Two crane workers were seriously injured in West Seattle when the mobile crane they were operating came into contact with a major power line.
Seattle Fire Lt. Harold Webb said, “The two workers were standing underneath the crane when it made contact with the power line … ,”
The construction project took place at 4505 42nd SW in West Seattle and caused power outages in the surrounding area for several hours following the accident. Komo News reported that several witnesses say they heard workers yelling, “whoa, whoa, whoa” before the crane hit the power lines. Both workers were rushed to Harborview Medical Center in critical condition with severe burn injuries.
Work has been temporarily shut down at the construction site while Labor & Industries investigates the accident. According to a City Light worker some of the power lines were marked with flags to warn crane operators. But there were no flags on the line where the crane hit.
In most incidents regarding overhead power-lines the workers were aware that power lines were present. Following safety rules for operating cranes near power lines would likely have prevented these accidents.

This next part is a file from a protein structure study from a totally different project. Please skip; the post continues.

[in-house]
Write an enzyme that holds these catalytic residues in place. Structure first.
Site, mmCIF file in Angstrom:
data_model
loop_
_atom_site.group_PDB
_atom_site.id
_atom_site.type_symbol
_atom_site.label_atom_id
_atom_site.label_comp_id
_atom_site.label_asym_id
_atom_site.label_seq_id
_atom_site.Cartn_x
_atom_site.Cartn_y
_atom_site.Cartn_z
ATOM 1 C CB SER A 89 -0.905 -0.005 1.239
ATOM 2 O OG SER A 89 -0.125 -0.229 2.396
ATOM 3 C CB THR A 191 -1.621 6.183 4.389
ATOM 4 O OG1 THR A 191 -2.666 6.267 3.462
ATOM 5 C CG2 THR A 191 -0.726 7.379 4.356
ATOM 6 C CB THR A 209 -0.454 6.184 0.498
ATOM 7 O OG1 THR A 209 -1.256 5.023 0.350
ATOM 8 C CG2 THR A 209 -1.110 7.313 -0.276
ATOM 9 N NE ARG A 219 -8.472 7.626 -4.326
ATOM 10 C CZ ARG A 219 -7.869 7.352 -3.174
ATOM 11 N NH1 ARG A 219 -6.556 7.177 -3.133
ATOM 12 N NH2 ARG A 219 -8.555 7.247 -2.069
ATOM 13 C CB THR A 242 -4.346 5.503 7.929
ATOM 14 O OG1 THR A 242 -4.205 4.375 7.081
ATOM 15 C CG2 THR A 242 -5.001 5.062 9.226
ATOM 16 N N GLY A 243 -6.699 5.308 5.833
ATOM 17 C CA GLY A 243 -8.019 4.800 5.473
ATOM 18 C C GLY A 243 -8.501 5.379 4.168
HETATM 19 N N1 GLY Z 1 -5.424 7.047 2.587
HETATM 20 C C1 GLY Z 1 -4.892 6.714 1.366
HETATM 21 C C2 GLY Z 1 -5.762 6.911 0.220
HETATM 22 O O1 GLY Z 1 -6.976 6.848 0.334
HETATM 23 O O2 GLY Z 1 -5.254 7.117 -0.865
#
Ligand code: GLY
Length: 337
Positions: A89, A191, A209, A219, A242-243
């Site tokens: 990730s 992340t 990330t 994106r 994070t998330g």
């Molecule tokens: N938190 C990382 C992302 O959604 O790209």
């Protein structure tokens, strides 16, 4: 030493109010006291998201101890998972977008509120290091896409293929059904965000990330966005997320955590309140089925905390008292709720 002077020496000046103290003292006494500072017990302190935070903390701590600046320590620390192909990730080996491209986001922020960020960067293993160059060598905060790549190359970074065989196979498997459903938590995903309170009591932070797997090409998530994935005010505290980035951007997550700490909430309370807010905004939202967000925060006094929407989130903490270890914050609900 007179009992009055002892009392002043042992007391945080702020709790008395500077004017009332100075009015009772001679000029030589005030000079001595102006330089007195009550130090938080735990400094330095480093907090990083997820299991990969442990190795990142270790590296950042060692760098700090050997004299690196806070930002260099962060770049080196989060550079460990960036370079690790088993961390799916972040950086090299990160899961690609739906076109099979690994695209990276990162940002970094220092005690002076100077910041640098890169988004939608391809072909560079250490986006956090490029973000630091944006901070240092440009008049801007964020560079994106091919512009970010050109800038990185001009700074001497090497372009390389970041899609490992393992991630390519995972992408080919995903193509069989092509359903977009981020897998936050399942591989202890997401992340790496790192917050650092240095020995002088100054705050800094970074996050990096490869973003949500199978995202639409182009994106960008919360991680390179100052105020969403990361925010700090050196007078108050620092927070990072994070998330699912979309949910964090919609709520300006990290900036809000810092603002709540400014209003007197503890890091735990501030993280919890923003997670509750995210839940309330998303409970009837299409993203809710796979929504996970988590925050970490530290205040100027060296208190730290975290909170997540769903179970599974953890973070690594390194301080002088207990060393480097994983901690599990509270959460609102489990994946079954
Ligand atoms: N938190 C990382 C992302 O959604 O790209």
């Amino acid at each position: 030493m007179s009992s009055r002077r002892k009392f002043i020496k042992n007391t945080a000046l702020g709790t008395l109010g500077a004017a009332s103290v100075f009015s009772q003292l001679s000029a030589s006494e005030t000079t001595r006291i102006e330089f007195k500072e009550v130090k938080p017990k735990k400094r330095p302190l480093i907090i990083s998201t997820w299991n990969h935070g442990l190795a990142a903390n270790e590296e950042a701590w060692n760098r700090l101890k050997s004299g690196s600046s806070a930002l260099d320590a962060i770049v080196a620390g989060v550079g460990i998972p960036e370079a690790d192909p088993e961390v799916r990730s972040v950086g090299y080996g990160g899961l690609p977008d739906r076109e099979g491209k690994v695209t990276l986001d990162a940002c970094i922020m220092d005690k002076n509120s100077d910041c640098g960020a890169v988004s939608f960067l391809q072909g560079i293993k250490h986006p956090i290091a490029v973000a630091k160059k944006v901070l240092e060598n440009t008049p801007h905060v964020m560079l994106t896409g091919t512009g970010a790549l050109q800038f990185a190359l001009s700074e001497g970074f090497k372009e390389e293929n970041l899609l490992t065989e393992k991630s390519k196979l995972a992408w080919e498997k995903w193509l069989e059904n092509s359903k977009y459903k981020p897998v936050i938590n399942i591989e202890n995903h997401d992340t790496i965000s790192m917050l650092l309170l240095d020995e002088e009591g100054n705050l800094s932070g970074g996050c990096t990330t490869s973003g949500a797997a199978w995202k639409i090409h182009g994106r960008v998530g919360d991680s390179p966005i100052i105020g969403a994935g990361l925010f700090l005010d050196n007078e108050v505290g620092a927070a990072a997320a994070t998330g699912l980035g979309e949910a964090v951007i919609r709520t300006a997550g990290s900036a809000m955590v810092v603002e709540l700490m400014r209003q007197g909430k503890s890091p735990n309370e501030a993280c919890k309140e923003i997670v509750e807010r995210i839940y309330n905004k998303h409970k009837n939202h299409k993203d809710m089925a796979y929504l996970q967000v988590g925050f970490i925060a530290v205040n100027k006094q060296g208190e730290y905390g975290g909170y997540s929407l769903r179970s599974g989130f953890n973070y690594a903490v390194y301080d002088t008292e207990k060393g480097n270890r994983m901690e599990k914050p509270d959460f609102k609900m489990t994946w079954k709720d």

- Could the crane get closer than 20ft to the power line?
- Keeping a safe distance from power-lines is key to preventing accidents.
- Identify the crane’s work zone and determine how close it could get to the power line.
- Establish the boundaries of your work zone using flags, a range control warning device or a range limit device.
- If the voltage is over 350,000 volt, than a 50 foot clearance must be maintained.
- If you determine the equipment will operate within reach of the minimum clearance distance, then
you must take steps to prevent contact with power lines by using encroachment/ electrocution prevention methods outlined in WAC 296-155-53408(2)(b).
- If your work zone is inside the minimum approach distance, there are additional precautions that must be taken. You must have the power-line owner/ operator determine the absolute minimum clearance.
To prevent power-line accidents, Washington State has construction crane rules that employers must follow when operating cranes near power lines and can be found here. For information on the safety standards and regulations specific to cranes, you can visit OSHA’s website here. As always, The Integrated Group offers consultation in regulatory compliance including training and certification in proper crane operation.
You can reach The Integrated Group for any questions or concerns at 425-822-8500 or email@example.com